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A 19-year-old Labour volunteer has reportedly described in graphic detail an alleged, prolonged sexual assault by a party staffer, saying he pinned her down and attacked her during a meeting at his home.
Seven formal complaints were laid with the party about a male staffer, but in March the Labour Party decided to take no disciplinary action after an investigation.
The party says no allegations it looked into during that process related to sexual assault because it was not the proper body to do so - but a complainant says she raised the alleged sexual assault during the investigation, according to The Spinoff website.
Following reports members of the party had resigned over the investigation and contact with media, Labour last month said it would allow the complainants to appeal.
The New Zealand Herald understands the staff member is now voluntarily working off-site.
One complainant has told The Spinoff that, after being invited to a meeting at the staffer's home in early 2018 to discuss an upcoming regional conference, he had begun to grope her, before holding her across the collarbone when she tried to push him off.
She said he then pulled her off her chair and pinned her to the floor before pulling down her underwear and sexually assaulting her.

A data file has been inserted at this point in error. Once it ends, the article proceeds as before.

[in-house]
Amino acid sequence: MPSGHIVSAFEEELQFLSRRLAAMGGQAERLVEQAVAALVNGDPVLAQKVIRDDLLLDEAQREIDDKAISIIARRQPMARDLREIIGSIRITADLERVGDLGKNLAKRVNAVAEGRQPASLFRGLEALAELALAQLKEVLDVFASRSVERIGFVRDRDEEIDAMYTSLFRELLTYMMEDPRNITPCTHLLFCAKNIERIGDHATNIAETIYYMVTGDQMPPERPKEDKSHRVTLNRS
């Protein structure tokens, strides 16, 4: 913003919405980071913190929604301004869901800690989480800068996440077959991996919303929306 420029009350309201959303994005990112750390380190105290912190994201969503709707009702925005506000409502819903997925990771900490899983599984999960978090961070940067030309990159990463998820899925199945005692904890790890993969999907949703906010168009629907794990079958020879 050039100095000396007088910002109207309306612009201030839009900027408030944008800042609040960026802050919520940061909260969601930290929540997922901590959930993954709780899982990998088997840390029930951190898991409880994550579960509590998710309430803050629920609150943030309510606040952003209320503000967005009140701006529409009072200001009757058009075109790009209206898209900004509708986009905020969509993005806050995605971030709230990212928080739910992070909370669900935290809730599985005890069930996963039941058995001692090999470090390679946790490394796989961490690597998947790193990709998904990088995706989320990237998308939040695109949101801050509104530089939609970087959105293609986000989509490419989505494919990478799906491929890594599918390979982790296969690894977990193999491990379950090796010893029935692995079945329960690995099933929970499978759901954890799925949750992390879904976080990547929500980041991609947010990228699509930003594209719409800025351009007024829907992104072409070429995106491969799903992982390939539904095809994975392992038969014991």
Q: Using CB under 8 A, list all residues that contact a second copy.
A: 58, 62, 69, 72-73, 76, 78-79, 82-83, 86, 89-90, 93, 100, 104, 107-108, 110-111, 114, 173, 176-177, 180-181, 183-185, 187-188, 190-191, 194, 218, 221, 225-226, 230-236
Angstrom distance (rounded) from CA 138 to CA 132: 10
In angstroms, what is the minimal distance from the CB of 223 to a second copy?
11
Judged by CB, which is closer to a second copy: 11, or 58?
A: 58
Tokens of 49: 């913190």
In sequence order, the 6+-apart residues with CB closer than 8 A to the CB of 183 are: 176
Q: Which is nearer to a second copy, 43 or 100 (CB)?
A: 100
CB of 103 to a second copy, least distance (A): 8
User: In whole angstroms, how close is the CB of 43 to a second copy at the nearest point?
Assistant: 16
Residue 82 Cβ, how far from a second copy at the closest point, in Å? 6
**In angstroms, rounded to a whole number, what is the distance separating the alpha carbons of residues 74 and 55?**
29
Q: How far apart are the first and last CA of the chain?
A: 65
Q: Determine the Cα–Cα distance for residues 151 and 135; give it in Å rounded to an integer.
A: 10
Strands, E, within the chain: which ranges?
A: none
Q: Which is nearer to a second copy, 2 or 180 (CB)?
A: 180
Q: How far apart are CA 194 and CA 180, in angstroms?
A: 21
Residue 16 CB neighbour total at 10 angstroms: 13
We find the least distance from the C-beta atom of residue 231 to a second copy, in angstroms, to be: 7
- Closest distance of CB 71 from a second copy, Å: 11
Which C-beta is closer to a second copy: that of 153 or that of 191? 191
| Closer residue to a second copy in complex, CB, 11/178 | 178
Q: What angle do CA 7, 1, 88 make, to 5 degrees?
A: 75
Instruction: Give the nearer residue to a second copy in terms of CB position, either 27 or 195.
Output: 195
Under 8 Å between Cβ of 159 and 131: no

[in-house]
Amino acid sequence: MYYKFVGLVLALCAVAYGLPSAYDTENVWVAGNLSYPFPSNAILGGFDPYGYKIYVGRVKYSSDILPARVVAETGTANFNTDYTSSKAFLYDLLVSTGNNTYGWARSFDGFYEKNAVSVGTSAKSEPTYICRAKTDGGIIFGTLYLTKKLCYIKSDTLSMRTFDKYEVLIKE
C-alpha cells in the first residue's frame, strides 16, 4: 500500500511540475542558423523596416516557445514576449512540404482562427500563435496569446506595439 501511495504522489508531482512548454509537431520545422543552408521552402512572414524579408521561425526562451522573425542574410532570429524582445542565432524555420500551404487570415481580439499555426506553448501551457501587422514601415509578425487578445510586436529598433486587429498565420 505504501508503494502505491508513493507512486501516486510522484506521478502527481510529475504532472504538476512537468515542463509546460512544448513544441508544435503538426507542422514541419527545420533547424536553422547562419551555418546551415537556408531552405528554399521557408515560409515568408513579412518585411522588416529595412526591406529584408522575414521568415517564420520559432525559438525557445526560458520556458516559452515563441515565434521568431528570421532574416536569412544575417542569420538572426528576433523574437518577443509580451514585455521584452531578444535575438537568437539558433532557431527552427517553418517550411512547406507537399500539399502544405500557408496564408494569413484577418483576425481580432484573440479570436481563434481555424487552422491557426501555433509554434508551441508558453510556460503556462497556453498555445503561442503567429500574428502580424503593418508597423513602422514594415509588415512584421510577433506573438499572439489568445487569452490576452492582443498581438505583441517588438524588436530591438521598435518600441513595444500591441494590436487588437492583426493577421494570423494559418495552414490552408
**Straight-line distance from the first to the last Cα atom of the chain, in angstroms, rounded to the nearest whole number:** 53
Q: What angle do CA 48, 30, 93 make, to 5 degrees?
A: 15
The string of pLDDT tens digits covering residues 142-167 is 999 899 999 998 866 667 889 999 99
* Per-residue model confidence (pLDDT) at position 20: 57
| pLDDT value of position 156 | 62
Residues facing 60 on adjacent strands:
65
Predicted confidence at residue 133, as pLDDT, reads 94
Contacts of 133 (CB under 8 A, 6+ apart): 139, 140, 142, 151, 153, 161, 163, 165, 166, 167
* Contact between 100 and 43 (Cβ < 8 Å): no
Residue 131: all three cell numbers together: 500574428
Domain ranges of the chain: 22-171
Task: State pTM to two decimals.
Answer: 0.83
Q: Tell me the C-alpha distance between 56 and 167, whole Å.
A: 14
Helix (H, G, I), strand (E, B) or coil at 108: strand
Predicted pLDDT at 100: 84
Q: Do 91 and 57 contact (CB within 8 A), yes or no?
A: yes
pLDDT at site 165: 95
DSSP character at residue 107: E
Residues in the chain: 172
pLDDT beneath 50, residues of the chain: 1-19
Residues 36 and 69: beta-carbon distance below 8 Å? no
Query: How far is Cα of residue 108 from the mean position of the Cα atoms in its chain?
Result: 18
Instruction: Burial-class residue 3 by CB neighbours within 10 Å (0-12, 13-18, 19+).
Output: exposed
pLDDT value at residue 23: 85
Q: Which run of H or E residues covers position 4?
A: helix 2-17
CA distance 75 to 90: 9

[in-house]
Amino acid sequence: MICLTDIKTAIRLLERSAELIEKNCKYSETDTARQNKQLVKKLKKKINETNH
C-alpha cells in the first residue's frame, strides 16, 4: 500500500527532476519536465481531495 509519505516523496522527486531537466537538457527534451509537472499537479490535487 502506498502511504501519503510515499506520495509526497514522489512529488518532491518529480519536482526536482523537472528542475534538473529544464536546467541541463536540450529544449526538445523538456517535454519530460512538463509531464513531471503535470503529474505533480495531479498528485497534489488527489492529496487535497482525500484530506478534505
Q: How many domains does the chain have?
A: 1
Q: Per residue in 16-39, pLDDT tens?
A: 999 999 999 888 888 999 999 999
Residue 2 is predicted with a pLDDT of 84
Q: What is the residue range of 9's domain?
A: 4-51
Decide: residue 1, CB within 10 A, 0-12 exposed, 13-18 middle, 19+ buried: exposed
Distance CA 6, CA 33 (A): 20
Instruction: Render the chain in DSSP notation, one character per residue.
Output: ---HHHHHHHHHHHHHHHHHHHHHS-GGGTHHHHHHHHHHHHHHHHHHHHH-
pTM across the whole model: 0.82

"I was just in total disbelief, struggling a lot and still trying to bang on the floor," she told The Spinoff.
"I just wanted someone to come upstairs. Anyone."
The woman said the attack had lasted 10 to 20 minutes. She had not gone to police because of the difficulties and experiences of others who had gone through that process.
In a statement to The Spinoff, Labour Party president Nigel Haworth said none of the complaints that had been investigated related to sexual assault.
"The person leading the original review made it clear to the complainants that the party would never be the appropriate body to handle allegations of that nature and that they would need to be investigated by the police," he said.
Haworth has been contacted by the Herald for comment.
Request for comment was also put to the staffer's lawyers.
The complainant told The Spinoff that while she had initially reported a "lower-level" incident about the staffer allegedly grabbing her during at party in 2017, she had later read out her notes to the panel hearing complaints, including the allegation of sexual assault.
"It was like it was more liability management than investigation into claims," she said.
Issues have also been raised about the appeals process since it was announced last month, with National Party deputy leader Paula Bennett saying complainants had told her it was not victim-led, and sources telling the Herald they had lost faith in the party's efforts.
In a statement, Parliament Speaker Trevor Mallard said no complaint had been made to Parliamentary Service - the man's employer - by anyone involved in the case.
"I repeat my request for any individual who feels unsafe at work or when visiting to contact me or the general manager. Any further action requires a complaint," he said.
"I'm not prepared to comment on individual cases but take my responsibility to ensure the buildings are safe very seriously and am satisfied that that is occurring."